(Dear Charles #2) Cultivating Cultural Change
I’ve started and stopped this letter about 10 times now. It’s like, how do you capture a crystallized moment of what you’re thinking and feeling? Then you look back and recognize that the person you were before is just an echo, and you’re slightly changed despite being the same.
Moreso than before, I’m coming to appreciate how everything and everyone is in a constant state of renewal and transformation.
We might take someone’s outward appearance for granted, just beneath the surface though everything is always flowing. It takes listening to one another’s stories to feel just how malleable life is; and there’s so much beauty in that.
In terms of where I am lately, I’ve been trying to do a better job of expressing gratitude. Before meals, for example — and I don’t always remember to do this — I’ll touch my necklace of an Andean cross under my shirt to be thankful for the meal, and to recognize all of the processes required for that food to arrive in front of me. In this way, I’m trying to make more aspects of my life sacred, in a world where so many things are made to feel cheap and disposable.
In your last letter, you wrote about how technology has accelerated the rate of change between generations, and how some Gen Zers look to millennials rather than elders for guidance on navigating life’s challenges. I feel that. We’re all improvising, learning from one another, taking things a step at a time.
This also leads me to think about our institutions and cultural practices. My gut feeling is that many of our institutions are inadequate, on an existential level, to address the challenges of our times, including these generational gaps that you mention. For sure this challenge isn’t unique to our moment — still, it’s wild to think how we’re facing a climate crisis, mental health crisis, pandemic, and more all at once.
In face of all this, I feel like social media and technology is a way of putting a bandaid on something that’s broken and needs tending to. It’s easier to caught up doomscrolling, to get a dopamine rush, than to address how we can create a fundamentally healthier culture overall. Maybe though that does begin on a person to person level, like this, you and me, talking about stuff as we see it, maybe thinking about what could be.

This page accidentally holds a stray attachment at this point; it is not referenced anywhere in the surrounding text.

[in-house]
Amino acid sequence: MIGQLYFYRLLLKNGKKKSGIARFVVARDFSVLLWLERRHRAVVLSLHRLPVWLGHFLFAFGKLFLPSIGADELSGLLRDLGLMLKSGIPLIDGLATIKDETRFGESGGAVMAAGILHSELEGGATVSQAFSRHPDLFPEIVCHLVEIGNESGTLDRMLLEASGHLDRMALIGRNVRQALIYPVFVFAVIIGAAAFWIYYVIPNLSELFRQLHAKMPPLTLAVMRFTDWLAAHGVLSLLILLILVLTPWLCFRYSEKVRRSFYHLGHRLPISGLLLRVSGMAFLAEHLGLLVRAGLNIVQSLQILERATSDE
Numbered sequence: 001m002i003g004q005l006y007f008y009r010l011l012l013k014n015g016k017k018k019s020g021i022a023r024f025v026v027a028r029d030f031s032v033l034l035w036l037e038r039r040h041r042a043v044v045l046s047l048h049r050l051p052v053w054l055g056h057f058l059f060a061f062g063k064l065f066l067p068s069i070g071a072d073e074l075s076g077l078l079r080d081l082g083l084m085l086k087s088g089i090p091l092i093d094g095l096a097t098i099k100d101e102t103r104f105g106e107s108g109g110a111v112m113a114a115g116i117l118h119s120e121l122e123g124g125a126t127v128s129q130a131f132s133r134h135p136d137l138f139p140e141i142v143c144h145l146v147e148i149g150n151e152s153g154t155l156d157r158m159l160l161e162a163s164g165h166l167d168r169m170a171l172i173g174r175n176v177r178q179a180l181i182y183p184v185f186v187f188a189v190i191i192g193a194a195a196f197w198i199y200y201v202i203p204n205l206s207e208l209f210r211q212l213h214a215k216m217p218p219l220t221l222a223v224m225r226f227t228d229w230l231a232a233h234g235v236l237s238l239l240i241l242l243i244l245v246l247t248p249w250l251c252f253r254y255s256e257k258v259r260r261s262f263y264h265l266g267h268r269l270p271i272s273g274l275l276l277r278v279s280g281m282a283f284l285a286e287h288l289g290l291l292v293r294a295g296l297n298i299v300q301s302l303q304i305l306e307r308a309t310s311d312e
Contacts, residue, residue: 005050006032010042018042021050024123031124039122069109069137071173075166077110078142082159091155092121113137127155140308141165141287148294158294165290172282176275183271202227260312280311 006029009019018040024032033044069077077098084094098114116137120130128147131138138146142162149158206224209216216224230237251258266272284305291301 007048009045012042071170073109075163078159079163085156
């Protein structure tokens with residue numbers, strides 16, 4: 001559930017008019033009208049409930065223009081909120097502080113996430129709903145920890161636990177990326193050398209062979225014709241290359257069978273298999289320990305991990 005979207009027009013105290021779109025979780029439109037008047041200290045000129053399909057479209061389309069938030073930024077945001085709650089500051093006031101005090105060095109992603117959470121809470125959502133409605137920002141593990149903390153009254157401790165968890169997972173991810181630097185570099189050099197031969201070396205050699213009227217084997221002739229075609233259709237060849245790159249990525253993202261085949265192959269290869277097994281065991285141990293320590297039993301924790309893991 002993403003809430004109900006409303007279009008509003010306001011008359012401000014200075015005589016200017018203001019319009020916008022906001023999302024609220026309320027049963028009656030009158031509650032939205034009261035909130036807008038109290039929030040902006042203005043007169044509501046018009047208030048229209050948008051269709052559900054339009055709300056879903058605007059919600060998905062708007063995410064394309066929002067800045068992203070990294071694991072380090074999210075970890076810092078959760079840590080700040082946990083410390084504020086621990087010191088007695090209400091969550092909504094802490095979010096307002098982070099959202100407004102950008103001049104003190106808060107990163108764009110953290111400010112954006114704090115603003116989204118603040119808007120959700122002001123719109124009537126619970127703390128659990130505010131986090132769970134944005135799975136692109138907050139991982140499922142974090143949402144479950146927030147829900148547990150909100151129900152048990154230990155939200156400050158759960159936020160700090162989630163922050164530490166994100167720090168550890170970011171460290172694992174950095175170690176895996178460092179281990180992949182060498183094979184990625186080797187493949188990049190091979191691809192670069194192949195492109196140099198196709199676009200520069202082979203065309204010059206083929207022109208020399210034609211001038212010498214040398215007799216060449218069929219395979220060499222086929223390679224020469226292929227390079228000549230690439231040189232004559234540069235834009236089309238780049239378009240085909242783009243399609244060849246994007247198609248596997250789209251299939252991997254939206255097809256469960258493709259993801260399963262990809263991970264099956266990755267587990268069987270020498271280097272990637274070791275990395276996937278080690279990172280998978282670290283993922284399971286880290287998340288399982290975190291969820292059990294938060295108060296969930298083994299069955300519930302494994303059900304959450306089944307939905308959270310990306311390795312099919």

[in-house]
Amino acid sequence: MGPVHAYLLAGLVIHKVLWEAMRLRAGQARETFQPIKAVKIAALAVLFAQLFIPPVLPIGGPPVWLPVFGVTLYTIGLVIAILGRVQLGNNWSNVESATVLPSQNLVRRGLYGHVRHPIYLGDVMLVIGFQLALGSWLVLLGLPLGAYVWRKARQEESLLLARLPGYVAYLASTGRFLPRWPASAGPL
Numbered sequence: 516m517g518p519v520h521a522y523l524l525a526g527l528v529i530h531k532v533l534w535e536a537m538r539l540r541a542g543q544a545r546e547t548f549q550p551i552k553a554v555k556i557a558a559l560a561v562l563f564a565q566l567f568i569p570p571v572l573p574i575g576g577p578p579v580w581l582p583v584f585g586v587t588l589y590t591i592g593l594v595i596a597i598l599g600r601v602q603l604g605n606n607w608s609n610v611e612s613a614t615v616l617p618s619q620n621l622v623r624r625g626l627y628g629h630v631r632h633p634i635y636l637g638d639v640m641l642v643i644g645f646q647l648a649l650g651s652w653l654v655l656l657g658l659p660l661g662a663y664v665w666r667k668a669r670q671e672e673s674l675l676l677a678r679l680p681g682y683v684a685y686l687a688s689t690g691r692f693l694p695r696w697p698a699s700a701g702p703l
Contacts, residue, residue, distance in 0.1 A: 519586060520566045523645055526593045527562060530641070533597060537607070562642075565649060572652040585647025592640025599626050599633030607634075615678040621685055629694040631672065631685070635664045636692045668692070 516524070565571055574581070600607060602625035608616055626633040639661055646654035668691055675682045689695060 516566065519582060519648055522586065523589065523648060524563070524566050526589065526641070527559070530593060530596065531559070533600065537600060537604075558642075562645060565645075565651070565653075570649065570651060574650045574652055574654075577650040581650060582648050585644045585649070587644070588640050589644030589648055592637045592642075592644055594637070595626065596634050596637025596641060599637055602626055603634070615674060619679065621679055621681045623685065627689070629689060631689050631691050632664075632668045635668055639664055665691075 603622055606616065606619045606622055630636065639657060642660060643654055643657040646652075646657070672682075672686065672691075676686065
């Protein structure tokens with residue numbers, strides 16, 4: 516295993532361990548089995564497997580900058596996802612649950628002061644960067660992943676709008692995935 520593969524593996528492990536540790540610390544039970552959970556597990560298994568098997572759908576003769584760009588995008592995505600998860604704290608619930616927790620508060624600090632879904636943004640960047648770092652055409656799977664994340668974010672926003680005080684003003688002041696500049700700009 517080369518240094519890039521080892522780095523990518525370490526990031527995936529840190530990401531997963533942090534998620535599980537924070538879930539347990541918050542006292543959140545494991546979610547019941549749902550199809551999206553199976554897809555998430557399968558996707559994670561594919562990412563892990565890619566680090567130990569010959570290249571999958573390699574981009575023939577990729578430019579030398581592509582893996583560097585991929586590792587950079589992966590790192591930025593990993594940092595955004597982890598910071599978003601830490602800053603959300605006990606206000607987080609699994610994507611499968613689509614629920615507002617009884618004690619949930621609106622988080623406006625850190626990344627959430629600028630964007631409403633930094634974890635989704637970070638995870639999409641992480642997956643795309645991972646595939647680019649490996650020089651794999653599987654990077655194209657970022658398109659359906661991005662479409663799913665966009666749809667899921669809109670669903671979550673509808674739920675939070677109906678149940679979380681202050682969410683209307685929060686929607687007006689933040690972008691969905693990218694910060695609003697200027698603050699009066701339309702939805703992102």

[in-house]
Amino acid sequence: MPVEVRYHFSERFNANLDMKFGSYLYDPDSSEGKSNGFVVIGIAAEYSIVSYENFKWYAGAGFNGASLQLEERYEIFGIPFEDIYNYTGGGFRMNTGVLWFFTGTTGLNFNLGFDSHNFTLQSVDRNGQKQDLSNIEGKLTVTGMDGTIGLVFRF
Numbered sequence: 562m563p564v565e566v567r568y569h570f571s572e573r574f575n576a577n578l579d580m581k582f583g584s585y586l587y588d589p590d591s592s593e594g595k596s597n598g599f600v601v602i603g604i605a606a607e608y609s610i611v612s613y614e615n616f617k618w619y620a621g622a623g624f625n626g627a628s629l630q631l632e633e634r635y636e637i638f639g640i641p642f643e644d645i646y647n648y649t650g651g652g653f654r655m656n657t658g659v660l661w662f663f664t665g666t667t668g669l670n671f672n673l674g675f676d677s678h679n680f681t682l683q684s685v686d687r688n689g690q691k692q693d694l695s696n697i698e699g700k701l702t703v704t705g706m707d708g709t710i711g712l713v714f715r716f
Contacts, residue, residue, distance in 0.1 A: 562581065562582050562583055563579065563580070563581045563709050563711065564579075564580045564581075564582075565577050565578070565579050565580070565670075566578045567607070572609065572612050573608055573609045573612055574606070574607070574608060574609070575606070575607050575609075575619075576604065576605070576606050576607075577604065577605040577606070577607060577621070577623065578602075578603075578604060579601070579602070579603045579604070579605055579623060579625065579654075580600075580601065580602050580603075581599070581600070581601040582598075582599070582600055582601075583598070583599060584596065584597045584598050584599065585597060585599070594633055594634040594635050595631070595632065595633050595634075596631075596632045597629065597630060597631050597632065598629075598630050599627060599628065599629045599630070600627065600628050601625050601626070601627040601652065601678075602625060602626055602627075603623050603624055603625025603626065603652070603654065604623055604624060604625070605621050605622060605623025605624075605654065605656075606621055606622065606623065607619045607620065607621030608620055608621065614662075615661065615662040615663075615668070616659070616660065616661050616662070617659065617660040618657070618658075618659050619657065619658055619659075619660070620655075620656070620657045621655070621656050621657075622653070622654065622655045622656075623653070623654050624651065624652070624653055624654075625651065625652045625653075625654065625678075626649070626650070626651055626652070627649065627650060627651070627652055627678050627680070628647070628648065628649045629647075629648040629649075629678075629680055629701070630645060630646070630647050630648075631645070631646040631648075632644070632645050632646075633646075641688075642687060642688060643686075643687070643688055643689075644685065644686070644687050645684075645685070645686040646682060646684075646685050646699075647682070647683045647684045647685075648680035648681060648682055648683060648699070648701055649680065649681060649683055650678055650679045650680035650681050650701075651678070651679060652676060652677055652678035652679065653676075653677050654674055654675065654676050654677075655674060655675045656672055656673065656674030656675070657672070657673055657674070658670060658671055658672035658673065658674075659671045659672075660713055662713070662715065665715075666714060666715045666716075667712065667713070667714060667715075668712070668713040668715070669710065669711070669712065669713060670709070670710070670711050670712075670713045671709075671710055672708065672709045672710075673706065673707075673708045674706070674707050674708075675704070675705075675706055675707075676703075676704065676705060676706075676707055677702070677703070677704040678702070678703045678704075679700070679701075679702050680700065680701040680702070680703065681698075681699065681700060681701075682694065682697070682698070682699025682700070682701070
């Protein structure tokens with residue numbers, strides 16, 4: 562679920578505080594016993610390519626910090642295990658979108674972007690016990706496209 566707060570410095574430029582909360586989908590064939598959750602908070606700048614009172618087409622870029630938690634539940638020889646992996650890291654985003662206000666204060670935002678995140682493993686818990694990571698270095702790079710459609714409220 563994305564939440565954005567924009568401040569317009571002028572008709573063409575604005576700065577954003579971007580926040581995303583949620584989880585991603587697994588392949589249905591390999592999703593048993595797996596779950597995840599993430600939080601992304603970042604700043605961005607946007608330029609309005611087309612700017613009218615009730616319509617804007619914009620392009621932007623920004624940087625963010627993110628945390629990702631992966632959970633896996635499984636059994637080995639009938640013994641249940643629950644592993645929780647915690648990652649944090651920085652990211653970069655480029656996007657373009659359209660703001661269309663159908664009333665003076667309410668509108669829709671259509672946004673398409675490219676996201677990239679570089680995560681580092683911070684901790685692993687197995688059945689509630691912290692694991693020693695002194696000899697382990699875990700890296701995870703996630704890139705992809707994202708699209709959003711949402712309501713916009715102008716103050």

You spoke briefly about how our approach to creating technology contributes to the divide between generations and is fundamental in the issues we face. Of course, someone — in this case, millennials, Gen X, and Boomers — were the ones who created and financed all of these systems. So a big question for me is, what are the cultural values in place that allow such institutions to flourish? If we had a different system of values, would we as a culture gravitate towards different kinds of experiences?
It’s a tall question. Myself, I’m thinking of what it takes to make a shift in culture, even in my own life. I’ve been trying, as mentioned, to think more deeply about my connection to the earth and the processes around me. The small acts of gratitude I’ve been doing are, I think, contributing to a sense of consciousness and connection that has started to make me feel, rather than fragmented and anxious, whole.
It’s still an ongoing process, and I’m not sure where this ends up for me. I do know that, rather than taking a plane to see my family in Florida for a wedding this October, I instead booked a train despite it being more expensive and taking more time. It’s a sacrifice for sure, and it was painful to do it. At the same time, I feel at least that I’m living a truth that goes beyond the individualistic, frenetic emphasis on everything being fast, and cheap, instead thinking more holistically about how my actions impact the planet, trying to cultivate different ways of being within myself.
I’ll leave you with this last thought: I recently got myself a plant. It’s a bromeliad, an offset from one owned by my mom. It’s such a seemingly insignificant thing; for someone so mired in technology and disconnected from nature here in NYC though — always thinking about being more productive, more of this, more of that — it felt like a step towards something. Who knows how these little changes will add up. It’s a journey for sure, and honestly I’m just being led by faith and intuition, a sincere belief that everything will lead to a better future and, in a traditional Andean view of reality, that the mind and body are one.
Anyway, I’ve been so glad to be able to write this to you. Apologies for the delay, and I’m looking forward to reading your next letter (which has already been published for a while now!)